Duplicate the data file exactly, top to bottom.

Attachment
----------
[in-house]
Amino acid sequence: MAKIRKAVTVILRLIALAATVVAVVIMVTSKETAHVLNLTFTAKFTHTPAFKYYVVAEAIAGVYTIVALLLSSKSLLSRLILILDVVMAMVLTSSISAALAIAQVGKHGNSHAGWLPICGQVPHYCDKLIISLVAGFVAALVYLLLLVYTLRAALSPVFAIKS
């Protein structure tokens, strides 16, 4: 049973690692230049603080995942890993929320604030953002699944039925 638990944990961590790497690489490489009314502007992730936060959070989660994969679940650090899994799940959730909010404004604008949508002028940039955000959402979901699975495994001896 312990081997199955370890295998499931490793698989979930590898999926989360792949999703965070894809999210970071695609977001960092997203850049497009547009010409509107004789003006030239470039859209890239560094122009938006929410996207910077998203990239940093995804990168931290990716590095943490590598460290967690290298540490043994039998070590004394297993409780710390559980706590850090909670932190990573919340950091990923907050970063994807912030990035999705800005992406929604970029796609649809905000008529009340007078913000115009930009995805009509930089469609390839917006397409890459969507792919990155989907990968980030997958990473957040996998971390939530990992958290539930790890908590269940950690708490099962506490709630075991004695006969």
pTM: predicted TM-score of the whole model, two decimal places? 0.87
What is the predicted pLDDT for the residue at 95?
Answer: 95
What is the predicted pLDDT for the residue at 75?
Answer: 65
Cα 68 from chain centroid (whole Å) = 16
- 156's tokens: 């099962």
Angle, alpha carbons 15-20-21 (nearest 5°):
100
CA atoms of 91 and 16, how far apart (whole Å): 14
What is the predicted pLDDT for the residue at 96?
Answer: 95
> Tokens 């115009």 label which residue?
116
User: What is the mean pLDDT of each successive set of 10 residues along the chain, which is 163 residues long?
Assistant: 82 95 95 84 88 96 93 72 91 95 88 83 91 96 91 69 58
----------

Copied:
[in-house]
Amino acid sequence: MAKIRKAVTVILRLIALAATVVAVVIMVTSKETAHVLNLTFTAKFTHTPAFKYYVVAEAIAGVYTIVALLLSSKSLLSRLILILDVVMAMVLTSSISAALAIAQVGKHGNSHAGWLPICGQVPHYCDKLIISLVAGFVAALVYLLLLVYTLRAALSPVFAIKS
């Protein structure tokens, strides 16, 4: 049973690692230049603080995942890993929320604030953002699944039925 638990944990961590790497690489490489009314502007992730936060959070989660994969679940650090899994799940959730909010404004604008949508002028940039955000959402979901699975495994001896 312990081997199955370890295998499931490793698989979930590898999926989360792949999703965070894809999210970071695609977001960092997203850049497009547009010409509107004789003006030239470039859209890239560094122009938006929410996207910077998203990239940093995804990168931290990716590095943490590598460290967690290298540490043994039998070590004394297993409780710390559980706590850090909670932190990573919340950091990923907050970063994807912030990035999705800005992406929604970029796609649809905000008529009340007078913000115009930009995805009509930089469609390839917006397409890459969507792919990155989907990968980030997958990473957040996998971390939530990992958290539930790890908590269940950690708490099962506490709630075991004695006969």
pTM: predicted TM-score of the whole model, two decimal places? 0.87
What is the predicted pLDDT for the residue at 95?
Answer: 95
What is the predicted pLDDT for the residue at 75?
Answer: 65
Cα 68 from chain centroid (whole Å) = 16
- 156's tokens: 């099962």
Angle, alpha carbons 15-20-21 (nearest 5°):
100
CA atoms of 91 and 16, how far apart (whole Å): 14
What is the predicted pLDDT for the residue at 96?
Answer: 95
> Tokens 């115009």 label which residue?
116
User: What is the mean pLDDT of each successive set of 10 residues along the chain, which is 163 residues long?
Assistant: 82 95 95 84 88 96 93 72 91 95 88 83 91 96 91 69 58